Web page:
Both programs reinforce the idea that context is everything when it comes to story-telling.

A friend of mine who is a brilliant arm chair critic, Rae Stabosz, is a fan of "Dexter." When I asked her why she liked it, she sent me this quote from the Dominican Simon Tugwell: "Some ancient ascetic writers recommended a practice whose most famous recent exponent is Chesterton's Father Brown: entering imaginatively into the heart of every kind of criminal, knowing that that criminal is oneself; finding the murderer, the blackmailer, the thief in oneself." (from Prayer: Living with God). I'll write more on "Dexter" and Rae's analysis later in the season.

"Mad Men" (2007), the reimaging of the image industry in the 1960s, is the favorite to win in the drama category, and I like this show as well. It is so s-l-o-w in our era of frenetic TV action ushered in with "ER" in 1994 pre-dated by the British "Casualty" (1986.) The feel the show evokes is one of suburban banality underpinned by the moral and social complexities of the United States in the 1960s. It also tells how advertising and consumerism were orchestrated to feed off the other, creating the dominant advertising industry and contributing to an economic dance between stability and instability, turning wants into needs.

My vote is for "Dexter."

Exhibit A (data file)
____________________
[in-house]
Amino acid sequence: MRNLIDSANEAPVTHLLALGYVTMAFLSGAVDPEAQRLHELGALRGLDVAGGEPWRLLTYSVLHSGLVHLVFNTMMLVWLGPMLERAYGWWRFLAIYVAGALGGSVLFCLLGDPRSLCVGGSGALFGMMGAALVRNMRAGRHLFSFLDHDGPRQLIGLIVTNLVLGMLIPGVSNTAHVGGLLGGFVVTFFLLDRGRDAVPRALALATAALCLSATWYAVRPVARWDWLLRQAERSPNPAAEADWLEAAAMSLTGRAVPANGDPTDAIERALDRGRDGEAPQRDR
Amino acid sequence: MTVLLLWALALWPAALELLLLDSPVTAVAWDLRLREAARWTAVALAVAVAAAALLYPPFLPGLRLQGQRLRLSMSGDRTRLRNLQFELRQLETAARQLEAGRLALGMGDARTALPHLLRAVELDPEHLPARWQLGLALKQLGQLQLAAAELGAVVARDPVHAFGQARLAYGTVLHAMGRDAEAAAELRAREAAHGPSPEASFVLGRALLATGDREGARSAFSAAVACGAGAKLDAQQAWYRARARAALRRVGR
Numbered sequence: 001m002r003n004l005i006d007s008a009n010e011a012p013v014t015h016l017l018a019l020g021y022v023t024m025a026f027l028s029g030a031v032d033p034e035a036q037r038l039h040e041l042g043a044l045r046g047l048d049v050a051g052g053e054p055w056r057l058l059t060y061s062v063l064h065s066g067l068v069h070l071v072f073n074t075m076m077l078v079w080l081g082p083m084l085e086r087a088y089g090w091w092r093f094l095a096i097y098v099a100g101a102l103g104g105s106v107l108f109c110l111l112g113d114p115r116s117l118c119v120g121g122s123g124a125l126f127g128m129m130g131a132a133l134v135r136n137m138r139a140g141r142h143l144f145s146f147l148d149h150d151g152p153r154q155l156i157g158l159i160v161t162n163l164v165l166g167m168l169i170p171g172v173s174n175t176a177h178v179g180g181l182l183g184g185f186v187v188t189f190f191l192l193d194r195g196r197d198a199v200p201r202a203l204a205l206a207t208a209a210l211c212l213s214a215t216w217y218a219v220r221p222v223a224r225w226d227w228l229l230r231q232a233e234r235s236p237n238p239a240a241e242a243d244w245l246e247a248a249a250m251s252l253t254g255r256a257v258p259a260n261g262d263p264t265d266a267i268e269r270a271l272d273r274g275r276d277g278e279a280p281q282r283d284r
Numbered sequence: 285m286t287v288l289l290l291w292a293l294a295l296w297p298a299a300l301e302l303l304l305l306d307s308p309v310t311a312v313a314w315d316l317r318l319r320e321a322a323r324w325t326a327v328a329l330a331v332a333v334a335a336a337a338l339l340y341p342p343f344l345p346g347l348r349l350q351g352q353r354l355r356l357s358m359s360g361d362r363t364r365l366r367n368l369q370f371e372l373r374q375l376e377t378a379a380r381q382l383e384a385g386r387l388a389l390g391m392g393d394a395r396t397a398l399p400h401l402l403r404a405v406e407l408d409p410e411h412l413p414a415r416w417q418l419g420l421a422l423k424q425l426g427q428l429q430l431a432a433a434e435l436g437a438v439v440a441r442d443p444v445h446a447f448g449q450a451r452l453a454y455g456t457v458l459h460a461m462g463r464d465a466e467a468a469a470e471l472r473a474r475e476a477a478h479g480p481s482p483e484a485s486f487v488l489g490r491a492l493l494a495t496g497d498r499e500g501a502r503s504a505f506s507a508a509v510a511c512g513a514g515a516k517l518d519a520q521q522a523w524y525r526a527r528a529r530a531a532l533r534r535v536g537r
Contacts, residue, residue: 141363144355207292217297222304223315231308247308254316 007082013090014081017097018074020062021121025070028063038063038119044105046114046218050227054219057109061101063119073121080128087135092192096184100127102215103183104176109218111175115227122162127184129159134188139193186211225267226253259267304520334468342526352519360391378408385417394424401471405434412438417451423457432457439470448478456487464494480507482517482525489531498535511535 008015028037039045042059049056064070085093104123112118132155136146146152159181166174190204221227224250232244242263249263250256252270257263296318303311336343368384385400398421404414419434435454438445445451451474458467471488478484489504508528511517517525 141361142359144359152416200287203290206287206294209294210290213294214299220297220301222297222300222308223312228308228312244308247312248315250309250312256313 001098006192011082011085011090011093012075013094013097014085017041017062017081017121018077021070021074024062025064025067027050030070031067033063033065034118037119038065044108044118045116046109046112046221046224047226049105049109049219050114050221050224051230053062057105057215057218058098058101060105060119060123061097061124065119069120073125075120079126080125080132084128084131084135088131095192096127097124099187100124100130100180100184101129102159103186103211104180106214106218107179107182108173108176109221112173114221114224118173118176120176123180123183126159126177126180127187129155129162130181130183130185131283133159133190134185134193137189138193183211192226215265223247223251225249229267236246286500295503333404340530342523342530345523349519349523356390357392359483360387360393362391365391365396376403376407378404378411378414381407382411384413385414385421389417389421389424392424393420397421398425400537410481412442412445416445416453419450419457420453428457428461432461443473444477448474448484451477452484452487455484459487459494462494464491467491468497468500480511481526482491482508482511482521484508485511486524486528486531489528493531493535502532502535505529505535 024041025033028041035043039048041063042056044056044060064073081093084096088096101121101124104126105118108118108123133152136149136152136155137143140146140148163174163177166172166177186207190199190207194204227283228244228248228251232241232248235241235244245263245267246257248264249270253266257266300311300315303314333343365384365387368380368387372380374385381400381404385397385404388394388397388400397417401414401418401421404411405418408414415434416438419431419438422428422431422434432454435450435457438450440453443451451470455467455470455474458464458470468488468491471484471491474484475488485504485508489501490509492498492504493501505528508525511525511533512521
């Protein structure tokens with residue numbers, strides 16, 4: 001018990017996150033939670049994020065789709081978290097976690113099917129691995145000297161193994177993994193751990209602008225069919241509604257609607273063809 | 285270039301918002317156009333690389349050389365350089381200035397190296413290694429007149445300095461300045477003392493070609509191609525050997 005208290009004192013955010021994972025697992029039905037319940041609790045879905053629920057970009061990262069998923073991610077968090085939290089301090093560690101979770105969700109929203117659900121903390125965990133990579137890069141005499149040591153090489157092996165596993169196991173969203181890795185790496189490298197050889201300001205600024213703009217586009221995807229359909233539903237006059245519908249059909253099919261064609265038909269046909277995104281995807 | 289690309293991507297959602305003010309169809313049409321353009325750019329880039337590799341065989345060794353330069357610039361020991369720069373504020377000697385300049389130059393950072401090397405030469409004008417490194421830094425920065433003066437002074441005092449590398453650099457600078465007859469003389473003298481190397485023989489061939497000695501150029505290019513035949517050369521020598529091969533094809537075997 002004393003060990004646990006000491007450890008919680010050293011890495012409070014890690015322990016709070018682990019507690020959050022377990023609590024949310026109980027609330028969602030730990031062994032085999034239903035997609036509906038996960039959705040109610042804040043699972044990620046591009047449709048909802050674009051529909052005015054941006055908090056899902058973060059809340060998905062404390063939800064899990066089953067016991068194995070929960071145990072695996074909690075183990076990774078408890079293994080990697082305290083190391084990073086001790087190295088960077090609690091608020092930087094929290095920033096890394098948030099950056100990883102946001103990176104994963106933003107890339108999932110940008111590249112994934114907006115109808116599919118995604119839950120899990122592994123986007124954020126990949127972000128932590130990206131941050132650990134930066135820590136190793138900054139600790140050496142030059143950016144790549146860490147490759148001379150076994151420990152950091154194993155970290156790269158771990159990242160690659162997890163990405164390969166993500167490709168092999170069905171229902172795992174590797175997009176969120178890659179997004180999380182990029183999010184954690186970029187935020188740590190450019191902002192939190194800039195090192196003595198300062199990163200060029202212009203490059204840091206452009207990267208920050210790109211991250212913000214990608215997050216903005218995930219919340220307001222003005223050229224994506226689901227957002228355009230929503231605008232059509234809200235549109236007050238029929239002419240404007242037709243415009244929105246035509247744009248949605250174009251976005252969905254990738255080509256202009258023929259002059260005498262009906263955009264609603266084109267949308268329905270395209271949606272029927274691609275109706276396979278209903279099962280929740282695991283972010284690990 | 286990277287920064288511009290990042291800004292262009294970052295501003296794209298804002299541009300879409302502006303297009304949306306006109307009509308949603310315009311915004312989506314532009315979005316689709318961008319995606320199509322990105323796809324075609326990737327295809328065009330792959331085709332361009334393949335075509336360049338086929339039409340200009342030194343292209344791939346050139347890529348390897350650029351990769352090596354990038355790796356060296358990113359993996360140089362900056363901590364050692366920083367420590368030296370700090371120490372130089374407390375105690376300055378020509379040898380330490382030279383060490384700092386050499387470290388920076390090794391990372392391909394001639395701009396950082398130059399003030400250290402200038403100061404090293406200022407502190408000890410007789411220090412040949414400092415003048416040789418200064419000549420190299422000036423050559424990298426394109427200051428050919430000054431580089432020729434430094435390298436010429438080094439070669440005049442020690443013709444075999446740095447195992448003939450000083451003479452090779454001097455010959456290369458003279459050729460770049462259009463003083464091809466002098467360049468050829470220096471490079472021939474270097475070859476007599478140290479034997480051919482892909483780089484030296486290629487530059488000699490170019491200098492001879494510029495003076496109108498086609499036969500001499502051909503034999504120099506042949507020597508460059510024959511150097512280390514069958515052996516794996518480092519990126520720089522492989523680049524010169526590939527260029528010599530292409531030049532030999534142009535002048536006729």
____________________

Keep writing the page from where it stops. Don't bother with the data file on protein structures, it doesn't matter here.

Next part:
Actor in a Comedy

Jim Parsons from "Big Bang Theory." What an amazing fresh talent; he delivers deadpan with relish and verve. I wish they had an ensemble category; I'd give the cast two Emmy's. However, in terms of humanity "Scrubs" (2002) may be more deserving. In fact, at The Humanitas Awards luncheon today in Beverly Hills, writer Aseem Batra won an award and cash prize for season eight's episode 2: "My Last Words." It won't be up for a possible Emmy until 2010, but "Scrubs" is a comedy with heart, and it shows.

Actress in a Comedy

The best comedienne is Tina Fey in a field of brilliant funny women (though I am not a fan of all of them). But is anyone watching Kaley Cuoco in "The Big Bang Theory"? I met director/producer Tom Shadyac ("Bruce Almighty") at a press junket and complimented him on (executive) producing the then very successful "8 Simple Rules for Dating My Teenage Daughter" (2002 - 2005). He agreed and said that John Ritter, whose untimely demise in 2003 brought the show to an end too soon, was terrific. Surprised, I replied, "Ritter is Ok, but it's the girl, Kaley Cuoco, she's off-the-chart funny." He seemed a little confused, but nodded and moved on. Now she's back. If you missed the Season 2 episode 3: "The Barbarian Sublimation" of "The Big Bang Theory," where Sheldon turns Cuoco into an online gaming nerd like her neighbors, you might rent it. It is worth watching just to see her take the cheese curl out of her disheveled hair and eat it.

Supporting Actor in a Comedy

Your choice, though I think Rainn Wilson of "The Office" is deserving.

Supporting Actress in a Comedy

I am a loyal "Ugly Betty" fan so my vote goes to Vanessa Williams. She is a delicious villain and foil to all the characters but most of all herself.

Actor in a Drama